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Senators Split On Bill Prohibiting LGBT Discrimination

The U.S. Senate voted to pass the measure 64-32.

Indiana’s Senators split votes Thursday when the Senate voted to pass a bill that prohibits workplace discrimination of members of the lesbian, gay, bisexual and transgender (LGBT) community.

As NPR reports, if passed by the House of Representatives, the Employee Non-Discrimination Act (ENDA) would ban organizations from factoring sexual orientation or gender identity into employment decisions.

The bill would apply to any private employer that has more than 15 employees; it includes an exemption for religious groups.

The measure adding sexual orientation and gender identity to the list of characteristics that cannot be discriminated against in the workplace passed by a vote of 64-32 — a slightly stronger showing than an earlier vote to move forward on the legislation, which passed 61-30.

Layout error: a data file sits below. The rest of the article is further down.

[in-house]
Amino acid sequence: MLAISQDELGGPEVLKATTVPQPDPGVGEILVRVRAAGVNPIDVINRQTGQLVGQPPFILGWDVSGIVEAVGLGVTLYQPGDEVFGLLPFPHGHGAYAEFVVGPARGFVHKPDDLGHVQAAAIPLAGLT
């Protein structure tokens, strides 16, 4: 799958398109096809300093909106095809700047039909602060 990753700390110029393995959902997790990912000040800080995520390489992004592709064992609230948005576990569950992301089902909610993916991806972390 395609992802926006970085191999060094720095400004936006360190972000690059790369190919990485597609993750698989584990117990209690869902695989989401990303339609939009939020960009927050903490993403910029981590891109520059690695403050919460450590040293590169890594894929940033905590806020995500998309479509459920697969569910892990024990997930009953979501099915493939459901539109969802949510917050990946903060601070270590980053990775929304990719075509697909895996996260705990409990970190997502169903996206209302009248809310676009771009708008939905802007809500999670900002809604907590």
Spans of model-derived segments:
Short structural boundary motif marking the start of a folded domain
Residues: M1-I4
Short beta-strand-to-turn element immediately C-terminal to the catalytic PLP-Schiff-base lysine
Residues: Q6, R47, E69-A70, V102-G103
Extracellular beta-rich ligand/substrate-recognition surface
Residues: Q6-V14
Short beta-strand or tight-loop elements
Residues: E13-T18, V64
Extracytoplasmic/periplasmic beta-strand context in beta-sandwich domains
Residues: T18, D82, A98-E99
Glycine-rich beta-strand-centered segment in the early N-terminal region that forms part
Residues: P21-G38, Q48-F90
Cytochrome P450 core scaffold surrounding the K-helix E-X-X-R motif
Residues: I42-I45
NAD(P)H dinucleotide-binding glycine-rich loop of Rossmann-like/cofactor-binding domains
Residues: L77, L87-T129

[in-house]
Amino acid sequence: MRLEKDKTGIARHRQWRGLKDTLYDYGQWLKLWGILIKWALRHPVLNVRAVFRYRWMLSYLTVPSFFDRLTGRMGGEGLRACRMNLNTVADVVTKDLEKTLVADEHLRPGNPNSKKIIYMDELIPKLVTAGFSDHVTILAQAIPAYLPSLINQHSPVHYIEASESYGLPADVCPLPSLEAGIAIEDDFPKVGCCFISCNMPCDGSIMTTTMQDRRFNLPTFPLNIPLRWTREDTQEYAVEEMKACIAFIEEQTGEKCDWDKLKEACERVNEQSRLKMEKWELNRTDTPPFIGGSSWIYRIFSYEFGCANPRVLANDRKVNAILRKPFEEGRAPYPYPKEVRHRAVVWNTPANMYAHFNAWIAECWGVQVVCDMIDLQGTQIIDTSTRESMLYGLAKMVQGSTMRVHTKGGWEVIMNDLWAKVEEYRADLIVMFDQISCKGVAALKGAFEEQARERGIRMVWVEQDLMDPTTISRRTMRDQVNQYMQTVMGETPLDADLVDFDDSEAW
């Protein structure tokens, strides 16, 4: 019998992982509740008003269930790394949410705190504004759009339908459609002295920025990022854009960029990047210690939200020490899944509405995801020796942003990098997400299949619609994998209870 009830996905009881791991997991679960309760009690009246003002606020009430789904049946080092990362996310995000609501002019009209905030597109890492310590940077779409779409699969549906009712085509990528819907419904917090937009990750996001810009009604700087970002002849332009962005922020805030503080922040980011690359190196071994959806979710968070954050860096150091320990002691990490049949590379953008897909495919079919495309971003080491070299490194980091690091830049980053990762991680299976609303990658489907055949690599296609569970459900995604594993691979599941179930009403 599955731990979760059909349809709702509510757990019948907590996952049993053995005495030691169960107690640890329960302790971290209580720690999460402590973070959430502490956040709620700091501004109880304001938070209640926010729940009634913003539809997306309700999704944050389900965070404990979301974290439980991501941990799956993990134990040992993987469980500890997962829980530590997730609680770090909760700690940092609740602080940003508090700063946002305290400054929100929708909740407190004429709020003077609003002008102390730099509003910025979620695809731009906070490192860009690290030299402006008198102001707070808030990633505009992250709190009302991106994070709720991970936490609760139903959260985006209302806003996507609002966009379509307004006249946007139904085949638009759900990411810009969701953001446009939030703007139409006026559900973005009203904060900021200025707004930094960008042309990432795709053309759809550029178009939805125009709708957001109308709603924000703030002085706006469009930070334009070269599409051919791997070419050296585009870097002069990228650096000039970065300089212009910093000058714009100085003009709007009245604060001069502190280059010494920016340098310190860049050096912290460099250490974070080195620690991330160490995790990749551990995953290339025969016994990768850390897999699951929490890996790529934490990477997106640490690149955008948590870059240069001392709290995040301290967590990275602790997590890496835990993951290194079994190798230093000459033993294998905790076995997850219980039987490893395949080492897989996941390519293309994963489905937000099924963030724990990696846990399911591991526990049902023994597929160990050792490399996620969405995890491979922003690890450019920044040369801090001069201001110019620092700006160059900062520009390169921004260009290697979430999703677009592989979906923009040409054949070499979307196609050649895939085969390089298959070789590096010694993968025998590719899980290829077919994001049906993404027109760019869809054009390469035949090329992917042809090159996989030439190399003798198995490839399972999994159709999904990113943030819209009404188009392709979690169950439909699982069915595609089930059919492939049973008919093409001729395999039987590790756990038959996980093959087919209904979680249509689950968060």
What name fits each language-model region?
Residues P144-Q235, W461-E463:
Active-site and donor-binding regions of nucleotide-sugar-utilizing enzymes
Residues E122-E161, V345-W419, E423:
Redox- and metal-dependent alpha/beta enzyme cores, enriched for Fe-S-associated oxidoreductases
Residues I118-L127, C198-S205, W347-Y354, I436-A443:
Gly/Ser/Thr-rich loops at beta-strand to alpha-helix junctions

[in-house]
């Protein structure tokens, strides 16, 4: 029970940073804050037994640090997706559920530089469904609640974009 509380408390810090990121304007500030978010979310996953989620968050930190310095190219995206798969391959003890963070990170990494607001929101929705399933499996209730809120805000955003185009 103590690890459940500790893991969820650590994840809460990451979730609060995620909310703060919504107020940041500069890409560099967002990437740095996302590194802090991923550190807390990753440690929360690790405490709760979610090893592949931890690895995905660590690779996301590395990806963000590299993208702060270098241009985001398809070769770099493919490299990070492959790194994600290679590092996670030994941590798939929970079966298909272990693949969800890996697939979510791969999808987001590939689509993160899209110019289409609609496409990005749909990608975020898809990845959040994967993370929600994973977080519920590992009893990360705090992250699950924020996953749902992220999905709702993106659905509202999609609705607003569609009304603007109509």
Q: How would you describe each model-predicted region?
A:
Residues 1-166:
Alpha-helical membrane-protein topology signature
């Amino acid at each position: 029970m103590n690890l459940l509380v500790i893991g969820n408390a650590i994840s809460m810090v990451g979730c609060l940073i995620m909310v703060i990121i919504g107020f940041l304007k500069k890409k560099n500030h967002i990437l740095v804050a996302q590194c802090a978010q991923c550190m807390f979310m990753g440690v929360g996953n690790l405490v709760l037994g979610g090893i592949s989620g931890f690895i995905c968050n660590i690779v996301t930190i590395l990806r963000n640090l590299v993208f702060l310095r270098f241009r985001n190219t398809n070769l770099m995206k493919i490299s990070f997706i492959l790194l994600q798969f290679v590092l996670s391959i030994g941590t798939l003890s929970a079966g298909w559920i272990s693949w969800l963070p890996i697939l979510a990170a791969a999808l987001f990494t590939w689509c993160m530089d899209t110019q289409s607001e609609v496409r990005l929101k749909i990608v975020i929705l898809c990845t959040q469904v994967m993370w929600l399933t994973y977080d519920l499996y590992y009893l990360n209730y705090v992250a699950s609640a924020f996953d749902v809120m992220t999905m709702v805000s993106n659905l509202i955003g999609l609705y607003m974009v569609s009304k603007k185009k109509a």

Sen. Dan Coats, R-Indiana, was the first opponent of the bill to speak on the Senate floor Thursday.  He says he opposes discrimination of all forms, but ENDA raises concerns about freedom of expression and religion.

Coats also says the protections for religious liberty in the bill are “vaguely defined, and do not extend to all organizations that wish to adhere to their moral or religious beliefs in their hiring practices.”

Coats voted against the measure, but Sen. Joe Donnelly, D-Indiana, voted in favor of it.

Both senators previously voted in support of an amendment to the bill that would also have granted exemptions to organizations managed by or affiliated with churches or religious organizations, such as hospitals.  The amendment did not receive enough votes to pass.

The bill now moves to the House.

Network Indiana contributed to this report.

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